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Picture of Moon's farside
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Luna

With increased confidence from the success of their Sputnik missions, the Soviet Union launched 24 Luna spacecrafts to the Moon, between 1959 and 1976. 15 were successful, each designed as either an orbiter or lander, and accomplished many firsts in space exploration. They also performed many experiments, studying the Moon's chemical composition, gravity, temperature, and radiation.

Luna 1 missed its intended impact with the Moon and became the first spacecraft to fall into orbit around the Sun. In 1959, the second Luna mission successfully impacted the lunar surface, becoming the first man-made object to reach another world. Luna 3 orbited the Moon later that year, and returned the first photographs of its far side, which can never be seen from Earth.

The Soviet Union soon learned to build spacecrafts which could perform soft landings on the lunar surface, and send back panoramic photos from their landing sites. Lunas 17 and 21 even carried roving vehicles which roamed around on the Moon's terrain.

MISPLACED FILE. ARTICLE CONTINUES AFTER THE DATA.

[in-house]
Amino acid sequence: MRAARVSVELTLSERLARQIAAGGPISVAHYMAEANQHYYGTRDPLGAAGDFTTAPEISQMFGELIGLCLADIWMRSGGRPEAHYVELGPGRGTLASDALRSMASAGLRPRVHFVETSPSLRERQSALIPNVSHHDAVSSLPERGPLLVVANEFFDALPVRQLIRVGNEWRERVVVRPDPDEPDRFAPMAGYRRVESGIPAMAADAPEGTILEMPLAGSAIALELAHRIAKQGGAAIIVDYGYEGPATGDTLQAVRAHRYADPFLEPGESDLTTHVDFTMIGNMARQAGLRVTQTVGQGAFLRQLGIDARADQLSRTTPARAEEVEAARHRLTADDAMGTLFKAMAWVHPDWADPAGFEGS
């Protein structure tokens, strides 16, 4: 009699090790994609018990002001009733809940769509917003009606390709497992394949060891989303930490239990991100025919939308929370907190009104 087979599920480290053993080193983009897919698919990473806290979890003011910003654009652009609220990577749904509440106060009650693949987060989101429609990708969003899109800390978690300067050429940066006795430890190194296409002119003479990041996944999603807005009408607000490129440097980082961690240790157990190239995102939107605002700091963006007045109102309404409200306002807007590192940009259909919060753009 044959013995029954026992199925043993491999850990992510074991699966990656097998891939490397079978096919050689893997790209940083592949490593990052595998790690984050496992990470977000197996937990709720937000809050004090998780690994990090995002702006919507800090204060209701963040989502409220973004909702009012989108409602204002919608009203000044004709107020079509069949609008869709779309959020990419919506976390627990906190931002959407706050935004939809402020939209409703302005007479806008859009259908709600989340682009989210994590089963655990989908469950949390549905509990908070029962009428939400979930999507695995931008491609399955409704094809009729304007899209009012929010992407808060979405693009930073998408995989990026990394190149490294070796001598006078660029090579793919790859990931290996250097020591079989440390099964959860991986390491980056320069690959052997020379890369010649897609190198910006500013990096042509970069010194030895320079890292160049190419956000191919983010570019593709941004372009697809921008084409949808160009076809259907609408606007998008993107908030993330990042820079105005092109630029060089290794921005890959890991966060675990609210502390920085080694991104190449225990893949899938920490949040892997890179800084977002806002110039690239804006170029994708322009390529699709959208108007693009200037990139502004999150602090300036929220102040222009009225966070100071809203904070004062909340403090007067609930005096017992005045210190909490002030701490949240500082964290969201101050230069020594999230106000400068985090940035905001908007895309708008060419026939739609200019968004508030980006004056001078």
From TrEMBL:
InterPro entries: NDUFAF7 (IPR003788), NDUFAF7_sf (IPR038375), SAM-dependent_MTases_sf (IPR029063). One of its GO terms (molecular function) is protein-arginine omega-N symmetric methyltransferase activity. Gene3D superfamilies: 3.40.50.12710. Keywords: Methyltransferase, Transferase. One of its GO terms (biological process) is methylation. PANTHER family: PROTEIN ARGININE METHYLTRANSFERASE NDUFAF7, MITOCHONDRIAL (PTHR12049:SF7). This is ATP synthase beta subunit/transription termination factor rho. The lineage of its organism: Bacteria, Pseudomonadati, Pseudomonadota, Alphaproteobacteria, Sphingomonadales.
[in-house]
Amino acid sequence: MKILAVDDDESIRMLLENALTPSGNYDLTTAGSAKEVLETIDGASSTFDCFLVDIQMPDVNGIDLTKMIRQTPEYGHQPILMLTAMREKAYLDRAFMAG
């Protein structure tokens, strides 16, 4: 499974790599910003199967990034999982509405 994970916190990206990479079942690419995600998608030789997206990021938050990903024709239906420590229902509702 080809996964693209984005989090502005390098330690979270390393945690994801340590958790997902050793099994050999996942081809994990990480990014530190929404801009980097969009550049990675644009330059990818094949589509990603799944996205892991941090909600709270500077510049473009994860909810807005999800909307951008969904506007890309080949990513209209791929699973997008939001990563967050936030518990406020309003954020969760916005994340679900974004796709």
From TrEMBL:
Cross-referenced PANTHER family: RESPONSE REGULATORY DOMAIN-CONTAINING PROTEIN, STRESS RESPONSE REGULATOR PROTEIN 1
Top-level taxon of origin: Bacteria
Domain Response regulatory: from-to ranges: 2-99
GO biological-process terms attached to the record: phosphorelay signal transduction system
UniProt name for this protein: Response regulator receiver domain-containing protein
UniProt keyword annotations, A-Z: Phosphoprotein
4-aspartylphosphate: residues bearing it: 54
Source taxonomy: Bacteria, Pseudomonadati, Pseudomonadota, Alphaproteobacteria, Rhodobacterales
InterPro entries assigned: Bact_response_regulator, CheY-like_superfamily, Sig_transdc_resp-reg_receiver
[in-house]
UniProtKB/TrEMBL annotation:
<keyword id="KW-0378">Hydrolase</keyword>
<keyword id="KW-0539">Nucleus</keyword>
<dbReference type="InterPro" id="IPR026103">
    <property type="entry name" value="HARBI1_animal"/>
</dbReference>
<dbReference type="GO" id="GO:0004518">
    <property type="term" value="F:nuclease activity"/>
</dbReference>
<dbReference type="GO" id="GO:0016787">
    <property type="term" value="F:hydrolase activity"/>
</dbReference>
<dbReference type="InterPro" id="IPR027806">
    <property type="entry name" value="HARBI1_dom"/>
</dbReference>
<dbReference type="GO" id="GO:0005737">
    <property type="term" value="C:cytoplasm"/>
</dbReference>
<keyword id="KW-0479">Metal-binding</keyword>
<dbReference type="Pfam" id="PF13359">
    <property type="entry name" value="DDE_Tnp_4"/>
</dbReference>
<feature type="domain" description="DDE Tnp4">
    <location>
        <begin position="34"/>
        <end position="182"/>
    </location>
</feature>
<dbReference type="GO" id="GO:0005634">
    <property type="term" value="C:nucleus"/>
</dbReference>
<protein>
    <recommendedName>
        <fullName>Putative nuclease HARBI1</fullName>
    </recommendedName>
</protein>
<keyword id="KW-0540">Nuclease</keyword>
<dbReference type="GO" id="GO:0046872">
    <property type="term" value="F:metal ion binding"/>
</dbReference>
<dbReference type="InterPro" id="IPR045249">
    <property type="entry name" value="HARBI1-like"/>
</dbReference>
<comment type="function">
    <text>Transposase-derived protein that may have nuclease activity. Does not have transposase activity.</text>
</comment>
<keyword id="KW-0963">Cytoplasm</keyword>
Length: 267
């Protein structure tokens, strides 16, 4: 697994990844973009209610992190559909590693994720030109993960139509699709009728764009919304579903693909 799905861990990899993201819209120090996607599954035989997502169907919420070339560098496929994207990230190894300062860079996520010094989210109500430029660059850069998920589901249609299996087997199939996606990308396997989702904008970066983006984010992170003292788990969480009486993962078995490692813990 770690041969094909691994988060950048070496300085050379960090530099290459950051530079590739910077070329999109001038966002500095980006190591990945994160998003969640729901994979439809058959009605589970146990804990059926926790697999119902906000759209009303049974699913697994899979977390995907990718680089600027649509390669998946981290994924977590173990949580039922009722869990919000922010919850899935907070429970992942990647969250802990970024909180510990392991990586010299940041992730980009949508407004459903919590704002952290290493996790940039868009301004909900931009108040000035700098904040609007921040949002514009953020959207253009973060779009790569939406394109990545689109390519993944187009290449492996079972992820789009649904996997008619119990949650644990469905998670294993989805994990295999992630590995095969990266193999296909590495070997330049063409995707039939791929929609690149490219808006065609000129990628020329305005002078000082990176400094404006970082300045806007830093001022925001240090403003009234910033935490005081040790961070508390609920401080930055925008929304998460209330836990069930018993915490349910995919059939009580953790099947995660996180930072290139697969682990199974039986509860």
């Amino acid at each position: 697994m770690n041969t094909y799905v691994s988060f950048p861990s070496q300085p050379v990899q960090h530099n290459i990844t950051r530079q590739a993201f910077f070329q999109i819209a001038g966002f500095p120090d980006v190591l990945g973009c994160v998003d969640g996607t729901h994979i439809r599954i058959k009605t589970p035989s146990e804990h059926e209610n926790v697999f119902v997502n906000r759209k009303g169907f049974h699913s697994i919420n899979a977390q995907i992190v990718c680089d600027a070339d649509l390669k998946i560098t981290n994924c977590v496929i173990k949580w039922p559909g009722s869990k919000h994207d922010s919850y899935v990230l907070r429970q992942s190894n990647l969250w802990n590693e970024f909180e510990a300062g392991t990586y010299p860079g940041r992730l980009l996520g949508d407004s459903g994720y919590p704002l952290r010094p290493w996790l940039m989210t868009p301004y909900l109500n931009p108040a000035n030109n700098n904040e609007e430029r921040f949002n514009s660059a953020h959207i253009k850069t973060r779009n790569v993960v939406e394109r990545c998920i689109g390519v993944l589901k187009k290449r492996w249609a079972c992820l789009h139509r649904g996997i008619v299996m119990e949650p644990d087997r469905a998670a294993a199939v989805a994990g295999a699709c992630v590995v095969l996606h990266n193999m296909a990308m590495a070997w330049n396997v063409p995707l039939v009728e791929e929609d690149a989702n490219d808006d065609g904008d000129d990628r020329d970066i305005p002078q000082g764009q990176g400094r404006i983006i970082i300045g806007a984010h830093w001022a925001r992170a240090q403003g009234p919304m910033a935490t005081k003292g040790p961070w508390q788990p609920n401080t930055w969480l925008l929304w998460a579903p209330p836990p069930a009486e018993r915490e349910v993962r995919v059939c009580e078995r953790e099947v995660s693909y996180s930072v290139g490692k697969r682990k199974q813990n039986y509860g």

Another major achievement of the Luna program was the ability to collect samples of lunar soil and return them to Earth, by 1970. However, these accomplishments were overshadowed by the U.S. Apollo missions which had already placed humans on the Moon by this time.


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Windows to the Universe, a project of the National Earth Science Teachers Association, is sponsored in part by the National Science Foundation and NASA, our Founding Partners (the American Geophysical Union and American Geosciences Institute) as well as through Institutional, Contributing, and Affiliate Partners, individual memberships and generous donors. Thank you for your support! NASA AGU AGI NSF